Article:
Why do especially we -men- need to learn more about and do more compassion?

You could think it is one of this old generalizations that men have less social or people skills than women. And according to some actual research, which are well summarized by Dr. Shawn Andrews in one of her Forbes Magazine articles, you are right: Men and Women score pretty equal on EQ (Emotional Intelligence) tests. Your EQ is pretty much the sum of your people skills. It contains all social and emotional skills. While the overall score is pretty equal between women and men there are significant differences in the sub-scores, like Dr. Shawn Andrews outlines:

Women tend to score higher than men in areas of empathy, interpersonal relationships and social responsibility. Men tend to score higher than women in areas of assertiveness, stress tolerance and self-regard (or confidence). - Dr. Shawn Andrews

Since empathy is a necessary premise to practice compassion (as I explained earlier) women seem to be some steps ahead of us -men-. In fact the difference between women and men in the area of empathy is as high as 25% (40 vs. 50 Points. Max = 80), according to a study from Cambridge University in Great Britain with more than 40.000 participants.


Since social responsibility obviously also plays a role in compassion it is hard to deny that we -men- have a bit of work to do to catch up. A pretty catchy proof for that can be also found in a performance evaluation in the US military from 2018, where 80.000 employees were asked to name the most positive and negative skills from their leaders. While Compassion was the #1 skill describing women, it does not show up in any significant amount to describe men leadership skills.


So let's face it. Women are "performing" better in empathy and compassion than we are, yet ;) πŸ¦ΉπŸ½β€β™‚οΈ

Why do we -men- perform less compassion?

At a young age, boys learn that to express compassion or empathy is to show weakness. They hear confusing messages that force them to repress their emotions, establish hierarchies, and constantly prove their masculinity ... whether boys and later men have chosen to resist or conform to this masculine norm, there is loneliness, anxiety, and pain” - Jennifer Siebel Newsom

There are three major theories for the difference in this pro-social behavior:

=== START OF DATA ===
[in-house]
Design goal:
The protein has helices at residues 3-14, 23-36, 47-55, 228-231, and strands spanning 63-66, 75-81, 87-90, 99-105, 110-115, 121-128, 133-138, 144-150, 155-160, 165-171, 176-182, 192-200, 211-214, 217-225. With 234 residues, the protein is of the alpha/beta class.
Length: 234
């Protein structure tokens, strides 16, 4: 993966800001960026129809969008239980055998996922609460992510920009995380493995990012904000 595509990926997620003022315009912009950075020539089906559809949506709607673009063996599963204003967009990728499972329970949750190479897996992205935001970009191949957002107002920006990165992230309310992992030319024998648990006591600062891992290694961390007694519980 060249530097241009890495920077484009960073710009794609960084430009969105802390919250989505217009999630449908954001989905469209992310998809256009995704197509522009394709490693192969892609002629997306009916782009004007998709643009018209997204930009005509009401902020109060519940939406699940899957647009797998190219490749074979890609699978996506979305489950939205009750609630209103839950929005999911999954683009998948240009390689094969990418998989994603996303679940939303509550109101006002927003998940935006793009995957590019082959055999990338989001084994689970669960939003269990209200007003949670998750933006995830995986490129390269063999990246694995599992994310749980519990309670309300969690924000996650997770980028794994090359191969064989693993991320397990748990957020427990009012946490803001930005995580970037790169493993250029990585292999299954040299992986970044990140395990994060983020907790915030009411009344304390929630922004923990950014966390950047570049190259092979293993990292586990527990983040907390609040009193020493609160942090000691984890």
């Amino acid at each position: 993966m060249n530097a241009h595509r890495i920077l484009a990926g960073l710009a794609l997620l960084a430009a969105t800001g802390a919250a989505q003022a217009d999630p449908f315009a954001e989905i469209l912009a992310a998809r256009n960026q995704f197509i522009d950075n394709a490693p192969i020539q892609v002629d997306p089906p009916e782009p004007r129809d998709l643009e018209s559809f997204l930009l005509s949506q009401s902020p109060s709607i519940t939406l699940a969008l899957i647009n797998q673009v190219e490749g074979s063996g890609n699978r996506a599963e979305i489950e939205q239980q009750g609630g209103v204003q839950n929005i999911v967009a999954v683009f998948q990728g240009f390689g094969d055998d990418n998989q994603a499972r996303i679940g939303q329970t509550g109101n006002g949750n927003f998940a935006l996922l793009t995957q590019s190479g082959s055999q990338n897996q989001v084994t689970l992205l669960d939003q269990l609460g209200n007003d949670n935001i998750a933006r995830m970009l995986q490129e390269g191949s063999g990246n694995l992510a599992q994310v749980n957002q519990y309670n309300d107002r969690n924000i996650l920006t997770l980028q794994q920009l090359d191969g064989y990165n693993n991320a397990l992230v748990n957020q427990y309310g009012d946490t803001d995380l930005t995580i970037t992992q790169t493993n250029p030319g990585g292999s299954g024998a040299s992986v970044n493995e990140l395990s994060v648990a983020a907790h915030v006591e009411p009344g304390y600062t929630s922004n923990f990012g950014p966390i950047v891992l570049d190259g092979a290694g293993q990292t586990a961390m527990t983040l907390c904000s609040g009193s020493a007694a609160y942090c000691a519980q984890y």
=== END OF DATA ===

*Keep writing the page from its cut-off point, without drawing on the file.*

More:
1. Genetical Differences

  2. Socializing (Social Construction / Post-Natal Learning)

  3. Biological (Different levels of hormones like oxytocin or testosterone)

While I could not find research that find proofs for significant genetical reasons, most experts (like Dr. Shawn) see a mixture of socializing and different levels of hormones as most likely. But the main tendency is, that socializing plays the biggest role. Most of us -boys- we socialized to be confident, decisive and competitive. We were taught that winning is important and that boys do not cry. Girls on the other hand were socialized to be nurturing, empathic and to care about others. Since some of us were maybe socialized differently, that would also explain why men are on average performing lower than women on empathy tests, but why some men are performing better than women already (YESS!!).


That means we can "fight" our way back to compassion guys. πŸƒ It is something we can learn, not something which the universe missed to "install" in our character or brains. An until we are there, we can of course blame our parents and society for our shortcoming. πŸ˜‰

Summary: Surprise, Surprise: Compassion is not "Girls-Stuff" but a powerful tool to solve a lot of problems

Ok now we know what compassion means. And I hope we all got the point that compassion is not "girls-stuff" but maybe one of the most underrated skills. It helps to build a healthier and more enjoyable relationship to ourselves and people around us and to fulfill our human needs. But it looks like we -men- could do better on it (and have no natural excuse that stops us). So what about giving it a try?!

Call for Action: Our first step as #masculinecompassionactivists

Since learning comes best with doing (if you ask me) I thought about a first little action for all of us. It is pretty easy and a preparation to catch up on empathy with the girls later on. But before we dive into emotions we start with something we are good at already, cognitive awareness.

Mission #1: For the next three days be aware of people (or other beings) in your life and think about what problems they may have. Make a little list with what you think was / is their problem. (e.g. the elderly women from next door is maybe afraid to go shopping due to COVID-19, Paul is probably suffering because Ina broke up with him, my grandfather may feel alone at the moment, my boss was quite pushy as maybe he is under high pressure at the moment). Write down at least 5 persons and your interpretation of their actual problems.


In Part 2 of my blog series I will talk about Emotional Intelligence and emotions. Later on, I will write about empathy, self-compassion, practicing compassion towards others, Yoga, meditation, breathwork, and how to apply compassion in (digital-) leadership.


If you have any questions, comments or wishes, please leave a comment below. πŸ§žβ€β™‚οΈ


Waldi, aka your #masculinecompassionactivist 🦸🏽